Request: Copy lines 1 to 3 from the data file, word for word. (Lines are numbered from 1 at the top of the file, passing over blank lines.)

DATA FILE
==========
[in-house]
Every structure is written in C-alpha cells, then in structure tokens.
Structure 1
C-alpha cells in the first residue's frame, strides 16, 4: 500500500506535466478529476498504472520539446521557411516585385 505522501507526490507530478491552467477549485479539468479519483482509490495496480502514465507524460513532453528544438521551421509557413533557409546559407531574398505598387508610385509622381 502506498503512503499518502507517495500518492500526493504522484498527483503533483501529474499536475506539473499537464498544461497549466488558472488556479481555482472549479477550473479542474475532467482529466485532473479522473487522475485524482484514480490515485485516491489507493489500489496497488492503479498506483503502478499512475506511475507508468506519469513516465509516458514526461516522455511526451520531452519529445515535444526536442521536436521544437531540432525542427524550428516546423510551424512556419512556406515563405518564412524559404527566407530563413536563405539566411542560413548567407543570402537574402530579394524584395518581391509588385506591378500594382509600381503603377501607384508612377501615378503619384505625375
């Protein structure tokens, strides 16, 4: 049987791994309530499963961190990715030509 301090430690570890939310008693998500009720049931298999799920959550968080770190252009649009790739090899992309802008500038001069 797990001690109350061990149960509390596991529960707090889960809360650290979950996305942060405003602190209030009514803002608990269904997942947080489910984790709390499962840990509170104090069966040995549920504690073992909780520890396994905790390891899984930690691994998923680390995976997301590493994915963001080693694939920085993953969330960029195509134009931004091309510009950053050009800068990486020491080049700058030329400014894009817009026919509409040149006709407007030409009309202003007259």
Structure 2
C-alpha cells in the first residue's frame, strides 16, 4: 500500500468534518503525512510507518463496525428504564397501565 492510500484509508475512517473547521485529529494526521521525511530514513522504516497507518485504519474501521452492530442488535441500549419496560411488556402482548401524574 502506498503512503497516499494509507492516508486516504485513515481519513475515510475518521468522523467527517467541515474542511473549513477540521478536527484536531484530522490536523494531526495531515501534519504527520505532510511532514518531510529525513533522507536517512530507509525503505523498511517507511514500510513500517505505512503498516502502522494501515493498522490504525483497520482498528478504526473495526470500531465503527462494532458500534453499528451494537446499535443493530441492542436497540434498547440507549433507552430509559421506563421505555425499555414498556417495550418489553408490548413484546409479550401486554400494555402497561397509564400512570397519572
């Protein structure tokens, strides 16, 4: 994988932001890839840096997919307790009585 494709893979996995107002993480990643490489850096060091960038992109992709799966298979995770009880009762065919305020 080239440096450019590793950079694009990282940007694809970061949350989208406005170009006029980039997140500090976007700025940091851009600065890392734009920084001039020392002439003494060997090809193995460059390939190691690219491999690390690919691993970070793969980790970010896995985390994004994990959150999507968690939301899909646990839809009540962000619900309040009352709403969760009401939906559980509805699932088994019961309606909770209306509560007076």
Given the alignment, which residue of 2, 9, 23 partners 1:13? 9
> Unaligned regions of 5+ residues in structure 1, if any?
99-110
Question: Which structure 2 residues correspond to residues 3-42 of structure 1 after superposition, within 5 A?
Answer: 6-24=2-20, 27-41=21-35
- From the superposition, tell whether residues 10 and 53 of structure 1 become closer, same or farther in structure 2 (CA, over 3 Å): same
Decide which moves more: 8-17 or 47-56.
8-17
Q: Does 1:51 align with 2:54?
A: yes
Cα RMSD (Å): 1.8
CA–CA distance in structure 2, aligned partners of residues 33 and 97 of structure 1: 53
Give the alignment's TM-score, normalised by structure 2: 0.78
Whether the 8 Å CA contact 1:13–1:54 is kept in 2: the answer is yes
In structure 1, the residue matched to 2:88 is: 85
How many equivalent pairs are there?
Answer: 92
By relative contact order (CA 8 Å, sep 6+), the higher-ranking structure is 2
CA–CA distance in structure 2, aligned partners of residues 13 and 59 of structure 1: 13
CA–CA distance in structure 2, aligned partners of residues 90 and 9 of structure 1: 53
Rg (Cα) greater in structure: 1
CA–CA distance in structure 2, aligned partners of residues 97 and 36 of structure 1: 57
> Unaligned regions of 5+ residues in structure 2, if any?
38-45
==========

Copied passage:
[in-house]
Every structure is written in C-alpha cells, then in structure tokens.
Structure 1